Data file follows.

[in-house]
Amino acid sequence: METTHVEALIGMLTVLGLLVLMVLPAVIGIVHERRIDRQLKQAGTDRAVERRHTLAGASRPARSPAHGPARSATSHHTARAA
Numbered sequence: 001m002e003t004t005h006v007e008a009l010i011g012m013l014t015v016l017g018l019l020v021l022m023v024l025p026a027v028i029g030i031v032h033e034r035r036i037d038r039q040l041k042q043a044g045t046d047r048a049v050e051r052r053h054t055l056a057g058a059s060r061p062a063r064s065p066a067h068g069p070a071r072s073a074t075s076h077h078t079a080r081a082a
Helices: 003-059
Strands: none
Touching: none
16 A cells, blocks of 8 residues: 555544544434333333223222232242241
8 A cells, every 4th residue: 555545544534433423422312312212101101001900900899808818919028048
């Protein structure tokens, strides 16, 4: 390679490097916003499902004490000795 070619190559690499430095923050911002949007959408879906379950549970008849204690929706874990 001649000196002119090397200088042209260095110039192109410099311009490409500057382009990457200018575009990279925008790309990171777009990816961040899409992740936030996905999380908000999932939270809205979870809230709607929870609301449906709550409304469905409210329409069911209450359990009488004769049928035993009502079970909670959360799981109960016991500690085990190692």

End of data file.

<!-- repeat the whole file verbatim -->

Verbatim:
[in-house]
Amino acid sequence: METTHVEALIGMLTVLGLLVLMVLPAVIGIVHERRIDRQLKQAGTDRAVERRHTLAGASRPARSPAHGPARSATSHHTARAA
Numbered sequence: 001m002e003t004t005h006v007e008a009l010i011g012m013l014t015v016l017g018l019l020v021l022m023v024l025p026a027v028i029g030i031v032h033e034r035r036i037d038r039q040l041k042q043a044g045t046d047r048a049v050e051r052r053h054t055l056a057g058a059s060r061p062a063r064s065p066a067h068g069p070a071r072s073a074t075s076h077h078t079a080r081a082a
Helices: 003-059
Strands: none
Touching: none
16 A cells, blocks of 8 residues: 555544544434333333223222232242241
8 A cells, every 4th residue: 555545544534433423422312312212101101001900900899808818919028048
């Protein structure tokens, strides 16, 4: 390679490097916003499902004490000795 070619190559690499430095923050911002949007959408879906379950549970008849204690929706874990 001649000196002119090397200088042209260095110039192109410099311009490409500057382009990457200018575009990279925008790309990171777009990816961040899409992740936030996905999380908000999932939270809205979870809230709607929870609301449906709550409304469905409210329409069911209450359990009488004769049928035993009502079970909670959360799981109960016991500690085990190692």